Mismatch between service provided and service level - Le Gourmet

or returns policy detailed on Web site - Francais

Site crashed during sale but still charged - Sainsburys

Unable to cancel online - Tesco

Delay in acknowledging cancelled order - Thorntons

3 Average

Took between 7 and 21 days to provide a refund
after goods returned - Firebox, Charles Tyrwhitt

Unable to cancel or track order via Web site,
forcing customer to use phone, fax or post - Intersaver

4 Good

Straightforward cancellation procedure. - eToys

Credit card charged but re-credited within 7 days - Jungle.com

5 Excellent

Flawless purchase, delivery and returns process - Appliance Direct, Bigsave.com, Country Bookshop, Marks and Spencer, Virgin Wines


2. A full management report on the e-Returns Study(tm) is available at
http://www.plaut.co.uk


3. Photographs and illustrations are available from Rainier both in
electronic and print format.

4. The key for the ranking of the e-commerce sites surveyed established is:
Very Poor: cancellation/return experience likely to cause loss of customer

Poor: cancellation/return experience likely to cause customer frustration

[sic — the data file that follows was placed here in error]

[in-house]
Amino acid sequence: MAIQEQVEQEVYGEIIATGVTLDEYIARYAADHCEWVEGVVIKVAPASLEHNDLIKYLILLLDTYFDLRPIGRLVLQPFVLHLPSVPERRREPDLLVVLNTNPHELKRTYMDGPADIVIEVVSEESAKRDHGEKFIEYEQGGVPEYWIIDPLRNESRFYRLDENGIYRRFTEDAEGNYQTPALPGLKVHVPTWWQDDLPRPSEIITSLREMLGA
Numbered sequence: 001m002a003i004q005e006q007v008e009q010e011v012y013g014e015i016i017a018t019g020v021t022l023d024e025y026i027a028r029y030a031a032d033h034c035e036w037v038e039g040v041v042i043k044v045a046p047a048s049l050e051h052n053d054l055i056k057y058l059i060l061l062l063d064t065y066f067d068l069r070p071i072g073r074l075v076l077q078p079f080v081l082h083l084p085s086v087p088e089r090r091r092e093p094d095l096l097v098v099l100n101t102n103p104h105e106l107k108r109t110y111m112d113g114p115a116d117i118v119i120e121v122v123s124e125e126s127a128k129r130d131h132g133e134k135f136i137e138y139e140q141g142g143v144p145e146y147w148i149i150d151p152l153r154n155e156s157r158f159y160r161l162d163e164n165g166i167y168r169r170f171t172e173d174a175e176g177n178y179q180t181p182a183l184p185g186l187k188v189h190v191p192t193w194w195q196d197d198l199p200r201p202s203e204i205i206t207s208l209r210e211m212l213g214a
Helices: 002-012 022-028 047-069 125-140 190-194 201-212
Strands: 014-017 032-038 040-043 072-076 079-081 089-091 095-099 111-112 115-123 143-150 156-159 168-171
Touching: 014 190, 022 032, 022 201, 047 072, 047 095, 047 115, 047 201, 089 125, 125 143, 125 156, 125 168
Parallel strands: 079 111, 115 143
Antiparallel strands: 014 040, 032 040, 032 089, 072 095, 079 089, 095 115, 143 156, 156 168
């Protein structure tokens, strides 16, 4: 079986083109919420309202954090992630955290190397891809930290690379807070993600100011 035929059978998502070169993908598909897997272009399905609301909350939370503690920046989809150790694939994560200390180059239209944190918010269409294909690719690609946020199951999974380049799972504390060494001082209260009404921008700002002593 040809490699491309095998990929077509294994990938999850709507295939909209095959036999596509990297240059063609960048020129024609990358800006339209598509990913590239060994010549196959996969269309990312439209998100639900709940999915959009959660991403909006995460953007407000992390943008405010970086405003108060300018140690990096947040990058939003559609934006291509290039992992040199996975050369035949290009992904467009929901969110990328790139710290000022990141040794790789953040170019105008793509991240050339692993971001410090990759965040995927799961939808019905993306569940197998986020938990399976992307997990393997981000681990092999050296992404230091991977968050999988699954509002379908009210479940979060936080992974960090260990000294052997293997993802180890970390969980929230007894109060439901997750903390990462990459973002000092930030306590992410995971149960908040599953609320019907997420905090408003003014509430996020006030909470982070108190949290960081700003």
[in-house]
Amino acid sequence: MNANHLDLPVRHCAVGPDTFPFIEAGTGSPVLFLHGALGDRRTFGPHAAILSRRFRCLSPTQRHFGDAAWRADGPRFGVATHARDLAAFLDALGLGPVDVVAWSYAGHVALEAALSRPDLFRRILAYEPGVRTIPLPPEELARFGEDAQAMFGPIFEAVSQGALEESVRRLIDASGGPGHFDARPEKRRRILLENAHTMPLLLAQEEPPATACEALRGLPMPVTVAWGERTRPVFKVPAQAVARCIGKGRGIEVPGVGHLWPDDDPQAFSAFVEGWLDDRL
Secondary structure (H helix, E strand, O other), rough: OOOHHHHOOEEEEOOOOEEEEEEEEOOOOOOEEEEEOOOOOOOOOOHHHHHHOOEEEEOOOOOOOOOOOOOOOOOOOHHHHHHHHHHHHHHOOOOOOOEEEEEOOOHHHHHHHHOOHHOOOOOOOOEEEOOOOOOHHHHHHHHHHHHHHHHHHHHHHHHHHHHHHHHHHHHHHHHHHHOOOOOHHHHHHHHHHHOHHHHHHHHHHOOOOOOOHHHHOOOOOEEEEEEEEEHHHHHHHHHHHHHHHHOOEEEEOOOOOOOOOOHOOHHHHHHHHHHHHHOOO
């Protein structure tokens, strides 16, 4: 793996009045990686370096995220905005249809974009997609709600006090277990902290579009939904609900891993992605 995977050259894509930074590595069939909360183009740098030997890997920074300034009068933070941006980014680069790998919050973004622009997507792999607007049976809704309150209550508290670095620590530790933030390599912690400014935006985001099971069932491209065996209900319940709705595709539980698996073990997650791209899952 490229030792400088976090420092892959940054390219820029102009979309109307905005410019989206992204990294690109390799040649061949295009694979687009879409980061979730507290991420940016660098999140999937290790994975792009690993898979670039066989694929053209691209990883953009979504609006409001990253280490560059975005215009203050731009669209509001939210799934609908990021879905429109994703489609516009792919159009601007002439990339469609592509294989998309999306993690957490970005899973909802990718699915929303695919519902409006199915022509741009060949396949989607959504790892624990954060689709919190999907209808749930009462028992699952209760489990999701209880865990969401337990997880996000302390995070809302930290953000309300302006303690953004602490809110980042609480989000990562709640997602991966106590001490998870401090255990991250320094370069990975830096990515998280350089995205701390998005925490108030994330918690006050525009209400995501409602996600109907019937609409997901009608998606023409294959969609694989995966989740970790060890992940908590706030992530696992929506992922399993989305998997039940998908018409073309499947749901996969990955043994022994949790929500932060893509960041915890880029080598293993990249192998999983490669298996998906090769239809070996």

Average: cancellation/return experience likely to cause customer
inconvenience

Good: cancellation/return experience satisfactory, but some imperfections

Excellent: cancellation/return experience likely to encourage customer
loyalty


5. The Plaut e-Returns Study(tm) was carried out over a period of 30 days
from 20 September to 20 October 2000. Plaut acknowledges that other surveys
at different times may yield different results. A full list of sites
surveyed is available as part of the management report at http://www.plaut.co.uk


6. The Consumer Protection (Distance Selling) Regulations 2000, which came
into effect on 31st October 2000 transposes into UK law the EU directive on
the protection of consumers in respect of distance contracts. Key features
of the regulations are that the consumer must be given clear information
about the goods or services offered, after making a purchase the consumer
must be sent confirmation and that the consumer has a cooling-off period of
7 working days to cancel the transaction.

7. As in the High Street all Web sites surveyed had a returns policy stating
that goods could be cancelled or returned after being ordered.

8. PLAUT is a leading business and technology-consulting firm that employs a
team of 1,800 consultants worldwide. The company recently went public on the
Neuer Markt in Frankfurt and has annual revenues in excess of £250 million.
PLAUT has been established in the UK since 1994 and provides eBusiness,
supply chain, customer relationship management (CRM) and ERP business
consulting and IT services across a wide range of industries. PLAUT’s
current clients include eLabsEurope, DigMedia plc, Miele, Paramount, Xerox,
European Bank for Reconstruction and Development, Bulgari, Coats and Philip
Morris , among others.

This press release was distributed by ResponseSource Press Release Wire on behalf of Speed Communications in the following categories: Consumer Technology, Personal Finance, Business & Finance, Computing & Telecoms, for more information visit https://pressreleasewire.responsesource.com/about.